Dog-fighting 'bait' story may be just an urban myth

By Arthur Strain
BBC News

image captionPolice helped spread the message

There's a saying in Northern Ireland that when something is common knowledge the "dogs in the street know it".

But over the past three weeks an internet rumour has been causing dog owners some concerns, with even the police being drawn into repeating an urban legend.

Since the start of March, social network users in Northern Ireland have been urging dog owners to be extra careful with their pets.

Messages on Facebook and Twitter have been warning of stickers being used to mark houses where there are dogs that are then stolen for use as bait animals in dog fighting.

They also warn there are men in a white van stealing animals on estates for the same purposes.

But is this actually happening?

The animal charity, the USPCA, said that since the break-up of a dog-fighting ring seven years ago, they had no evidence that it had returned in an organised way.

David Wilson from the charity said that while there had been a few instances of cruelty relating to animal baiting it involved cats being thrown to dogs, seemingly by young men.

"When dogs are stolen it is mostly for breeding purposes," he said.

"We raided a puppy farm a while ago and managed to reunite a dog, which had been stolen, with its owner, it had been micro chipped and that's what people should do, as they are legally obliged to.

"We've been hearing these stories about stickers going up at houses with dogs and men in white vans offering to do guttering work and so on, then dogs going missing later.

"But when you ask if these have been reported to the police then things get a lot airier."

According to a website that monitors the appearance and popularity of urban myths, this rumour took off in Australia earlier this month and has been travelling around the globe since then.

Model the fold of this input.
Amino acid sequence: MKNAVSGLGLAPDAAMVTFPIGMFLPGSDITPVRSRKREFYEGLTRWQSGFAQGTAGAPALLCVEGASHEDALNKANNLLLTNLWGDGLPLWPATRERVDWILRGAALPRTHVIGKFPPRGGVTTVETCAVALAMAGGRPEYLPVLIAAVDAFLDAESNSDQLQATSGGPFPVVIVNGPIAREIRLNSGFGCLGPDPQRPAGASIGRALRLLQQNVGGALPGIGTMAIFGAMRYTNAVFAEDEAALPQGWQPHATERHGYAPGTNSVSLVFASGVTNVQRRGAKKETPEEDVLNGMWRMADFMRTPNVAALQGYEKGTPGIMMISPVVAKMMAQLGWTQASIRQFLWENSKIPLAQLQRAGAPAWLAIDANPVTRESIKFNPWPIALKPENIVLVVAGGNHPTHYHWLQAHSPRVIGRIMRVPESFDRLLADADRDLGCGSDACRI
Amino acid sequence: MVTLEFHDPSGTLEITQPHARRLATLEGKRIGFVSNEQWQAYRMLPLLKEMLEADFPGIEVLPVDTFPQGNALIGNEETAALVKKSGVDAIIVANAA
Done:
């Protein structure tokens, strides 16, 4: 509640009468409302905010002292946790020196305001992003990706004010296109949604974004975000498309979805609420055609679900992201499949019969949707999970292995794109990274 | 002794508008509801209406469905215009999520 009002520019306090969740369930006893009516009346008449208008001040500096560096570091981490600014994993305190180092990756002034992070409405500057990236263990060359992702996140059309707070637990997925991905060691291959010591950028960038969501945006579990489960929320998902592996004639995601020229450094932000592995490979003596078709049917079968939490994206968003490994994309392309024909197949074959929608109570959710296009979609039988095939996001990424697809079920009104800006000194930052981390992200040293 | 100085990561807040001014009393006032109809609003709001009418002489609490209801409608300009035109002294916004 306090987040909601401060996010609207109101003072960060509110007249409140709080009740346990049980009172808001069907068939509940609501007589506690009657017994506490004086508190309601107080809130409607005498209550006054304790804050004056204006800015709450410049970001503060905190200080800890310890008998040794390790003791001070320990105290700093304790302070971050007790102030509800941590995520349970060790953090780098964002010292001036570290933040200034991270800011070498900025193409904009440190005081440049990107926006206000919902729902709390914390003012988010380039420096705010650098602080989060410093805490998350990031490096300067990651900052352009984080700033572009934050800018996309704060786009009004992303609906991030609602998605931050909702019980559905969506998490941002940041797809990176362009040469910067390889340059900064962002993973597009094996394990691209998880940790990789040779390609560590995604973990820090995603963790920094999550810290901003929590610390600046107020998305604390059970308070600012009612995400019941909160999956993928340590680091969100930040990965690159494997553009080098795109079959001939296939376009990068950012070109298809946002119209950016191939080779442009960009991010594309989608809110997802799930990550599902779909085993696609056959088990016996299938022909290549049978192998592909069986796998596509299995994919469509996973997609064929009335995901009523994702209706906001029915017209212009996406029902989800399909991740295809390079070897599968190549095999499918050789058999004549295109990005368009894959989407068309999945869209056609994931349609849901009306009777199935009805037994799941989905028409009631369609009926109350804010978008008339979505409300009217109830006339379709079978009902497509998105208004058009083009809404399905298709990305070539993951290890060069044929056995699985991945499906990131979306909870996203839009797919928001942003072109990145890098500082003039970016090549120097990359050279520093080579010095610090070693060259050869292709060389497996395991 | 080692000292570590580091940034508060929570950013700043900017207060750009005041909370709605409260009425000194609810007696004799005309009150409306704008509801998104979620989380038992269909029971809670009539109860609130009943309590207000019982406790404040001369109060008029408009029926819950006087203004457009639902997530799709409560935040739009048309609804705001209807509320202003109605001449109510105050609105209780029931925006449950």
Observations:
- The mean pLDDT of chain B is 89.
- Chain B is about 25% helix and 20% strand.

The Police Service of Northern Ireland (PSNI) said there was no evidence to suggest there has been an increase in dog thefts.

However, the story has appeared on several PSNI social media outlets.

The PSNI press office said the story had appeared on its Facebook and Twitter feeds after an officer posted it there while "trying to be helpful".

Dr Kevin Curran is a social media expert at the University of Ulster's Computer Science Research Institute.

"It's about critical faculties," he said.

"When my son shows me something that someone's done in a video on YouTube which is a bit mad I can tell him; 'Hold on that's not possible'," he said.

"But I have the experience that tells me it's wrong, how could he know it, and it can be the same on other things.

"The headlines can be attractive or attention-grabbing and people share them."

Some viral stories are planted by advertisers, other just grow organically. Dr Curran said this one was not one to be too concerned about.

"They are not like phishing email in that sense, they are not malicious", he said.

"You can't steal from someone with a story."

The USPCA said that dog owners should ensure that they take care of their animals, but as for the dogs on the street, there are no more being reported missing than is usual.